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The Night the Moon Fell Reading Street U4W4

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Cheryl Jacobs

on 23 February 2015

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Transcript of The Night the Moon Fell Reading Street U4W4

The Night the Moon Fell
a Mayan myth retold by Pat Mora
Unit 4 Week 4
Genre: Myth
A myth is a made up story that tries to
explain something that happens in
nature. A myth often has a theme or
big idea that may be a moral, or lesson,
shared by the author with readers.
Question of the Week:

Why are some changes difficult?
This week as we read
The Night the Moon Fell
, we
will think about the events in nature this story
tries to explain.

Syllable Patterns
CCSS L 2.2
Demonstrate command of the conventions
of standard English capitalization,
punctuation, and spelling when writing.

CCSS RF 2.3c
Decode regularly spelled two-syllable
words with long vowels.
This week we will divide words into
syllables by looking at different
vowel and consonant patterns.
basket
This word has two consonants in the
middle with a vowel on each side. We
divide it between the two consonants
and read the first syllable with a short
vowel.


bas
/
ket


tiger
This word has one consonant in the
middle with a vowel on each side. We
divide it after the first vowel and we
read that vowel with its long sound.


ti
/
ger

playground
In this word two vowels stand for one sound
in the first syllable, and two vowels stand for
one sound in the second syllable. Vowel
pairs that spell sounds stay together in their
own syllables.


play
/
ground

picnic

pic
/
nic
paper

pa
/
per
robot

ro
/
bot
magnet

mag
/
net
oatmeal
This word is a compound word.
You divide the word between the
two smaller words.


oat
/
meal

soybean

soy
/
bean
pencil

pen
/
cil

window

win
/
dow
peanut

pea
/
nut
blanket

blan
/
ket
daydream

day
/
dream
chapter

chap
/
ter
sailboat

sail
/
boat
frozen

fro
/
zen
railroad

rail
/
road
Spelling Words
CCSS L 2.2
Demonstrate command of the conventions of
standard English capitalization, punctuation, and
spelling when writing.

CCSS RF 2.3c
Decode regularly spelled two-syllable words with
long vowels.


downstairs football cowboy
houseboat railroad rainbow
boyhood oatmeal soybean
roadway outplay daydream

none hour

Vocabulary Words
CCSS RF 2.3f
Recognize and read grade-appropriate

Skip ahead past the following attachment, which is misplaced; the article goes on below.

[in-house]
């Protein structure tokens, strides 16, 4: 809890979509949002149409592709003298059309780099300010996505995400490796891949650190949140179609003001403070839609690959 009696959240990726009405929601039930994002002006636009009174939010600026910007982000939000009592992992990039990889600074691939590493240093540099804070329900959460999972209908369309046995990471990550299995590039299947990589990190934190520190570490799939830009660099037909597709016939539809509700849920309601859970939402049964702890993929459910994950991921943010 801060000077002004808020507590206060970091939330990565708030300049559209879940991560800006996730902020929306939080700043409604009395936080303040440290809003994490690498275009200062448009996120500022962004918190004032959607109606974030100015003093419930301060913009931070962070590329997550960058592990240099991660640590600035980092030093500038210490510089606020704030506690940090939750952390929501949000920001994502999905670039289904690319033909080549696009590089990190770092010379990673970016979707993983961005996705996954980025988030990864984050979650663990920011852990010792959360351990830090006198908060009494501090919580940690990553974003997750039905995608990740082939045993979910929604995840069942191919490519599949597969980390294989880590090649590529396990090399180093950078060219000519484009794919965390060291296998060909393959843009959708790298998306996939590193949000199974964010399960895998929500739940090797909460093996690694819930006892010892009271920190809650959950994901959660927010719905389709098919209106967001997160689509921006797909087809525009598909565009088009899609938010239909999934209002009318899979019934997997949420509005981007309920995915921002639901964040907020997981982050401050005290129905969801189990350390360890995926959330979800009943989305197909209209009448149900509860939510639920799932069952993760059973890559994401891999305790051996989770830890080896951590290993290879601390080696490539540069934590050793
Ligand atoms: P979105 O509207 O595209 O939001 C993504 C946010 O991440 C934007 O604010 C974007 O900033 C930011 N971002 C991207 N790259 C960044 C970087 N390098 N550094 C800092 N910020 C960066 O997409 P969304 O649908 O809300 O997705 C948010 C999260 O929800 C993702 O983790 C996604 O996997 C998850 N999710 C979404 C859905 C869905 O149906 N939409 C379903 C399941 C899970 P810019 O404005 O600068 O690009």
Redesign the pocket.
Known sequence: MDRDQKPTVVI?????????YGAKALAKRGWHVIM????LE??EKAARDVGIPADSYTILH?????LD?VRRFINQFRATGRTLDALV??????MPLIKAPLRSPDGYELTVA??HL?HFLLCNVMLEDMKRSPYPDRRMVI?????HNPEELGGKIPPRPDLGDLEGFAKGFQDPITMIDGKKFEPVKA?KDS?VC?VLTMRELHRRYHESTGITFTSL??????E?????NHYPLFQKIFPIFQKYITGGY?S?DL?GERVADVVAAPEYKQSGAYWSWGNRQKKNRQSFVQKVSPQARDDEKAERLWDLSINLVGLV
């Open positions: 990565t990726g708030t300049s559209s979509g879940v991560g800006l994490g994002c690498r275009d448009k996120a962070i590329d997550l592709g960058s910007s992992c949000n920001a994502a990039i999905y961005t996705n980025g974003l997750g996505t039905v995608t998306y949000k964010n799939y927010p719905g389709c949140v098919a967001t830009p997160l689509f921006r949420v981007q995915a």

irregularly spelled words.

balance
footing; even placement of weight that lets
someone stand upright

canyons
deep valleys with steep sides
coral
an underwater stony substance
made by marine life
rattle
make sharp knocking sounds as a
result of being shaken
slivers
small, thin pieces of something that
have been split off
sway
move back and forth or
side to side
whisper
make a soft sound
Amazing Words
CCSS L 2.6
Use words and phrases acquired through
conversations, reading and being read to, and
responding to texts.
adjust
get used to something new
landmark
an object, such as a tree or building, that
can help people find their way
unexpected
happens without warning or notice
quiver
to shake all over
tease
make fun of another person
in an unkind way
foreign
someone or something from outside
your own country
accent
the particular way people speak
English in other countries
Good day mate!
forlorn
lonely or sad
Plot and Theme
CCSS RL 2.1
Ask and answer questions such as who,
what, where, when, why, or how to
demonstrate understanding of key
details in a text.
The
plot
is what happens in the beginning,
middle, and end of a story. A story's
theme

is the "big idea" that the author wants the
reader to learn from the story. This can be
a moral lesson. Good readers pay attention
to the
plot
to help them deepen their
understanding of the text.
Visualizing
CCSS RL 2.1
Ask and answer such questions as who, what,
where, when, why, and how to demonstrate
understanding of key details in a text.

CCSS RL 2.7
Use information gained from the illustrations
and words in a print or digital text to
demonstrate understanding of its characters,
setting, or plot.
When we
visualize
we form pictures
in our minds about what happens in
a story or article. Good readers
picture how something looks, sounds,
feels, tastes, or smells when they
read. Picturing these details can help
you monitor and adjust as you read.

Make a picture, make a picture,
Make a picture in your mind.
When you're reading it should be
Like a movie in your mind.
This is called visualizing.
It helps you comprehend.
You will know the story then and
be a better reader. OH!
Make a picture, make a picture,
Make a picture in your mind.
When you're reading it should be
Like a movie in your mind.

Multiple Meaning Words
CCSS L 2.4
Determine or clarify the meaning of unknown
and multiple-meaning words and phrases
based on grade 2 reading and content,
choosing flexibly from an array of strategies.

CCSS L 2.4a
Use sentence-level context as a clue to the
meaning of a word or phrase.

CCSS RF 2.4c
Use context to confirm or self-correct word
recognition and understanding, rereading
as necessary.
Some words have more than one meaning.
Readers must use context clues to help
them figure out which meaning of the

multiple-meaning word
is being used.
bank
slip
skate
rattle
waves
fall
fly
note
light
Adverbs That Tell
When and Where

CCSS L 2.1e
Use adjectives and adverbs, and choose
between them depending on what is to
modified.
An
adverb
is a word that tells more about
a verb.
Adverbs
tell
when
,
where
, or
how

something happens.
Adverbs
can also
tell the order in which things happen.


Adverbs
That Tell
When


now later always
soon daily next
often first today
tomorrow last


Adverbs
That Tell
Where


inside there around
here outside up
down somewhere
everywhere
What is the
adverb
?
Does it tell
when
or
where
?

I saw the moon yesterday.
Astronauts walk there.
The moon fell yesterday.
It fell down to the sea.
Next the fish helped the moon.
Now they are friends.
Full transcript